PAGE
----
There are various components that can lead to peace in human life. Living by these values and principles is an expression of one’s faith. These values if followed will be the catalyst to resolve conflicts; inwardly and outwardly. The following section will elaborate further on these peace building values that are deeply ingrained within our rich Islamic traditions.

1. Mediation

Prophet Muhammad PBUH often used mediation to resolve conflicts and acted as a mediator himself. His reputation as Al-Amin (The faithful one) allowed him to be trusted by many. The prophet’s intervention in resolving the problem of the Black Stone in Mecca is a classic example of mediation. His role as mediator is also recognized as he brilliantly constituted the Constitution of Medina which serves as a model for many mediation efforts in the Muslim world. 

2. Dialogue

The concept of dialogue in Islam aims to clarify misunderstandings and increase accurate knowledge of others’ perspectives. The goal of dialogue is not to eliminate differences, but it acts as a medium to build understanding and respect.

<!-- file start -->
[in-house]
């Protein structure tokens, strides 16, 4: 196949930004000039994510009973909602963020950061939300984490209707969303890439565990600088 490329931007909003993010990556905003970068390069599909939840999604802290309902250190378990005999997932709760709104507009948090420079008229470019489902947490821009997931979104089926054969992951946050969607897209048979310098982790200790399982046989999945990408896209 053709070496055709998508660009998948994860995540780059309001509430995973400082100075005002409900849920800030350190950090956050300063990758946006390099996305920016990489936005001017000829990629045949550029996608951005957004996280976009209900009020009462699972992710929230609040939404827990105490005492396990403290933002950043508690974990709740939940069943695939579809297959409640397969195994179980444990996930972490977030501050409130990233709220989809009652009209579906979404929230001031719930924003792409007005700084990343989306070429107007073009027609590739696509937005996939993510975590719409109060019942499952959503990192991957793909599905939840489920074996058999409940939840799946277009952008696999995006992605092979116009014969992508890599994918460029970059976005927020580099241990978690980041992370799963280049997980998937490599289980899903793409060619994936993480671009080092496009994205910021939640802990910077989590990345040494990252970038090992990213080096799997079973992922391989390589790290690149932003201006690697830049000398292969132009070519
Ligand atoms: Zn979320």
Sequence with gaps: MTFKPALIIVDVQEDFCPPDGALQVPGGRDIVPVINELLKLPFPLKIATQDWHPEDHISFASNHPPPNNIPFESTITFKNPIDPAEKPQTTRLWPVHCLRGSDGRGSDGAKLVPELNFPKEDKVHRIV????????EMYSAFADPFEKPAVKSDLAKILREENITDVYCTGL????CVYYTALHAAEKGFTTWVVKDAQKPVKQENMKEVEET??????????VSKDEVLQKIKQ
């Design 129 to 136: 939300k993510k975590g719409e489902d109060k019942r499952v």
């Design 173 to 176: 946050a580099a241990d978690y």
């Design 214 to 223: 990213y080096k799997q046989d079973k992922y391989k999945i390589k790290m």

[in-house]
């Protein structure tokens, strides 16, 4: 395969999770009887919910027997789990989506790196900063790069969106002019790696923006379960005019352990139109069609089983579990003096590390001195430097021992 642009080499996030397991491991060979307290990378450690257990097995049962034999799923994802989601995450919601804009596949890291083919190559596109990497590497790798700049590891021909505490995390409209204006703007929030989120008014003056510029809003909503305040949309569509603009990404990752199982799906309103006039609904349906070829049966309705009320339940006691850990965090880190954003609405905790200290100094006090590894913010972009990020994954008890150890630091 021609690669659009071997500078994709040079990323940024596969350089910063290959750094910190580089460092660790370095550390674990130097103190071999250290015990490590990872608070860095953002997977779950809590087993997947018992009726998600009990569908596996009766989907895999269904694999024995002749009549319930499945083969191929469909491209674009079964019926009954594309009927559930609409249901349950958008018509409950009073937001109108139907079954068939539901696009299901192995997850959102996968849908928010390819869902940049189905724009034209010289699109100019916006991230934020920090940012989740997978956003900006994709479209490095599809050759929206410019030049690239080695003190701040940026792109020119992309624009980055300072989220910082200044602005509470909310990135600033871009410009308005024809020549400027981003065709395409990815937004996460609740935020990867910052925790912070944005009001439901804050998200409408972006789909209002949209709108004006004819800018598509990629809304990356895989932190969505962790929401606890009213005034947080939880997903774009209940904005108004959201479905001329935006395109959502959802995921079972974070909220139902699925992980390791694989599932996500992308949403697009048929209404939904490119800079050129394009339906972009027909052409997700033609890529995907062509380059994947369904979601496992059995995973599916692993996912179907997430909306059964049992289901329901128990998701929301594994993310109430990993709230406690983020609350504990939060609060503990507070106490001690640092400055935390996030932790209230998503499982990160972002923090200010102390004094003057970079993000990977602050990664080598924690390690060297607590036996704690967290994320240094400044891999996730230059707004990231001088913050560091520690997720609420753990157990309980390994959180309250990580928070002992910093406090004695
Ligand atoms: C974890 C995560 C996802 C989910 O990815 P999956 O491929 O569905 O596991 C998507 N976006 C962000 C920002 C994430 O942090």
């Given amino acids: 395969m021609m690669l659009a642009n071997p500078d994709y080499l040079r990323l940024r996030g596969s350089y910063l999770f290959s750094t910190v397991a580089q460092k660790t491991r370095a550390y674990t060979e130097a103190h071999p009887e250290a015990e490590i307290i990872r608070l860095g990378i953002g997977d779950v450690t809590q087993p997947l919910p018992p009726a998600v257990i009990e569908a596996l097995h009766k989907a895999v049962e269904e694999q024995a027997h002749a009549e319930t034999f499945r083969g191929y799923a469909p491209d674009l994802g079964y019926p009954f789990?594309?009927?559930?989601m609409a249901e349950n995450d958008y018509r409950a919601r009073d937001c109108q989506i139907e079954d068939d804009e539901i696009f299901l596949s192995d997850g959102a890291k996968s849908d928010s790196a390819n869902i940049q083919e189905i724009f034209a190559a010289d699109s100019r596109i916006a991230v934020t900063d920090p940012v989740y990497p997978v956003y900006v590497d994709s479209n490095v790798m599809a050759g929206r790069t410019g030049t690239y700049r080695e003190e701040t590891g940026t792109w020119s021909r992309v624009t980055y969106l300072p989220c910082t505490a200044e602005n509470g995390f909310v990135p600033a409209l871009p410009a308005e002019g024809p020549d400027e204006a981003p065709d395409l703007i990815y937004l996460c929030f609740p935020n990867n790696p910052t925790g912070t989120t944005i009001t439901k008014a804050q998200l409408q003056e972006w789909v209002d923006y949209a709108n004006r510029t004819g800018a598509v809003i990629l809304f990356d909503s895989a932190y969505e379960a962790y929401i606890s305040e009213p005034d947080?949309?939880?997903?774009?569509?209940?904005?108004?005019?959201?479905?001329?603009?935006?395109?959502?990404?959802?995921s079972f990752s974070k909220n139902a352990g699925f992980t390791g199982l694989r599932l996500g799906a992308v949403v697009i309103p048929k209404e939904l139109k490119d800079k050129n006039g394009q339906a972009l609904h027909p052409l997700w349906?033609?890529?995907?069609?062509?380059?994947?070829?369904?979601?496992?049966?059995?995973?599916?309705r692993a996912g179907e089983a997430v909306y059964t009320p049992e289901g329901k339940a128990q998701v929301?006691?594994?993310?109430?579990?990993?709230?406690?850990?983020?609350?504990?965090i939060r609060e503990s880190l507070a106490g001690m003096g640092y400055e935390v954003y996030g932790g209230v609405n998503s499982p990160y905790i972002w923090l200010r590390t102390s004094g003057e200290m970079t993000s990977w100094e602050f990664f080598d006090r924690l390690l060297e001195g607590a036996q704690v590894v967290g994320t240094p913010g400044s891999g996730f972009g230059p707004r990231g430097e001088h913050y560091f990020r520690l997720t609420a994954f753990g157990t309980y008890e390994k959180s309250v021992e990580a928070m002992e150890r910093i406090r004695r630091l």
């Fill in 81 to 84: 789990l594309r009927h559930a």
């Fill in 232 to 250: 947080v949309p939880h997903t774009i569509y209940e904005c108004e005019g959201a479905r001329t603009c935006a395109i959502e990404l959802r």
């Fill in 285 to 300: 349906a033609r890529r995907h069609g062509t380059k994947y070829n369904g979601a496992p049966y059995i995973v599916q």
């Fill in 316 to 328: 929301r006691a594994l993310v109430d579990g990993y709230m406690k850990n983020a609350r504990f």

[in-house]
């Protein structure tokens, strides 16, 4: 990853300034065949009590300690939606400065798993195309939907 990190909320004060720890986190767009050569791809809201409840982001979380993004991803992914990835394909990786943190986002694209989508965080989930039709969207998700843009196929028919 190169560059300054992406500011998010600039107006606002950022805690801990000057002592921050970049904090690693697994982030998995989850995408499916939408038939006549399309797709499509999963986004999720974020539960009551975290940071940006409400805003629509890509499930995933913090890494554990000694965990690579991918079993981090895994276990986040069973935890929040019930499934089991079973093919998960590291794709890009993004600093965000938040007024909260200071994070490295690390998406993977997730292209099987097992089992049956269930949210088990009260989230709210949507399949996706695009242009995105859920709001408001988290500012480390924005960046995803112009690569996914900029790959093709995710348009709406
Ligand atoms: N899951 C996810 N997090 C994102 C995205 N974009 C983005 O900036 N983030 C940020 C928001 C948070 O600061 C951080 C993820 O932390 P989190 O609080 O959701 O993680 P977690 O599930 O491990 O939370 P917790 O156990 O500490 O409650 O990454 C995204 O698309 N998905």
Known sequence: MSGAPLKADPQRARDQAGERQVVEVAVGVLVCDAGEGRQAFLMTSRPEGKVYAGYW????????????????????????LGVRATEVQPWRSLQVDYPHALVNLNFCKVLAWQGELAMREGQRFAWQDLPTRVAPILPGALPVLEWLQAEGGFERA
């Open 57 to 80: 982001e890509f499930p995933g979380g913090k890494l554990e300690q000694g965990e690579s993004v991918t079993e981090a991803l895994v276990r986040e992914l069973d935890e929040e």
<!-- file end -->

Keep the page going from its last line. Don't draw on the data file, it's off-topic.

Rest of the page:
Dialogue is an integral aspect of resolving conflicts between Muslims and non-Muslims since the time of the Prophet. One of the first recorded examples of Muslim-Christian dialogue took place in 615CE, Abyssina between Muslim emigrants and King Negus. There are also several terms for dialogue which are expounded in the Quran:

  • Ta’aruf: Knowing, understanding and building relationships.
  • Islah: Building bridges and restoring relations.
  • Ta’awun: Working together to establish goodness and harmony.
  • Hikmah al maw’izat al-hasanah (Wisdom and goodly advice): Urges Muslims to go beyond just co-existing but invites them to work together with other communities for the betterment of the world.